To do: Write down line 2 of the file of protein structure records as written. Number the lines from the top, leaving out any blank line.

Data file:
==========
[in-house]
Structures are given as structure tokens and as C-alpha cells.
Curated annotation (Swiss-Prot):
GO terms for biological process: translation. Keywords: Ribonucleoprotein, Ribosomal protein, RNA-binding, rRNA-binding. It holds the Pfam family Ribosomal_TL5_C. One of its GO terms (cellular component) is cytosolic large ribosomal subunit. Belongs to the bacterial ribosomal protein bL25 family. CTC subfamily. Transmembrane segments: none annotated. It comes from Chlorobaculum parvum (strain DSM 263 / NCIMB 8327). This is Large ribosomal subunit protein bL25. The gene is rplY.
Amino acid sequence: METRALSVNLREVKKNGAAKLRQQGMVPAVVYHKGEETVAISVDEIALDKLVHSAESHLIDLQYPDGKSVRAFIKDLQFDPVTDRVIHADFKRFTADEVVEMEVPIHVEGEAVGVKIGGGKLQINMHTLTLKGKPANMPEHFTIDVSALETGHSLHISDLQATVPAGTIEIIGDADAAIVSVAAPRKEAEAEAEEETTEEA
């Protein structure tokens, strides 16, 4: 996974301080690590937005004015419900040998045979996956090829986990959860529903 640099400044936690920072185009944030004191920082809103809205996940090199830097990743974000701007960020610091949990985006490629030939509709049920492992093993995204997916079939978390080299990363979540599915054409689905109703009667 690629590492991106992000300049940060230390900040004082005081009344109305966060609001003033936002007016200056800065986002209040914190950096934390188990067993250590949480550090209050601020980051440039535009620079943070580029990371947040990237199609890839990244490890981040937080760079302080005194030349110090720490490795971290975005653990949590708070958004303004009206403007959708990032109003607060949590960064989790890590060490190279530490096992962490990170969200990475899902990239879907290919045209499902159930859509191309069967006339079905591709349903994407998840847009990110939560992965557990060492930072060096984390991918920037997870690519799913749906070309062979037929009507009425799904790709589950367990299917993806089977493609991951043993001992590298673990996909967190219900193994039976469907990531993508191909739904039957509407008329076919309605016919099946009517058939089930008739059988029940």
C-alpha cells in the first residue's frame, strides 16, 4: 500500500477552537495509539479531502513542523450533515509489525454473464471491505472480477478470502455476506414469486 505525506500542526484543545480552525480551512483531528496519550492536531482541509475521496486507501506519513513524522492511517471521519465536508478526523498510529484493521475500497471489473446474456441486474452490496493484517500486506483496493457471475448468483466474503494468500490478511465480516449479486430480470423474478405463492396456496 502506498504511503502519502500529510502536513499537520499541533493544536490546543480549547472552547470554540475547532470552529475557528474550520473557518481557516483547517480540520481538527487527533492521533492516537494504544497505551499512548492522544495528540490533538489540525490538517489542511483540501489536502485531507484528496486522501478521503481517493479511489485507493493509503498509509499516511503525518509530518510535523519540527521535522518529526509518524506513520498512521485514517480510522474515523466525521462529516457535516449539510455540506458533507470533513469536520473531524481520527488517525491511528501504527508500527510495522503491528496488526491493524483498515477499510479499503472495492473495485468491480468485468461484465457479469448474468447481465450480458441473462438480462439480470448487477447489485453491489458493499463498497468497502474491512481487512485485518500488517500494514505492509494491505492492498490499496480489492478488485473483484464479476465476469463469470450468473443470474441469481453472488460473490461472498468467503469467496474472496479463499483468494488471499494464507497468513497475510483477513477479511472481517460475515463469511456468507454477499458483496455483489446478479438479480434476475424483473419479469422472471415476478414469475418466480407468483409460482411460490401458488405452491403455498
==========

Structures are given as structure tokens and as C-alpha cells.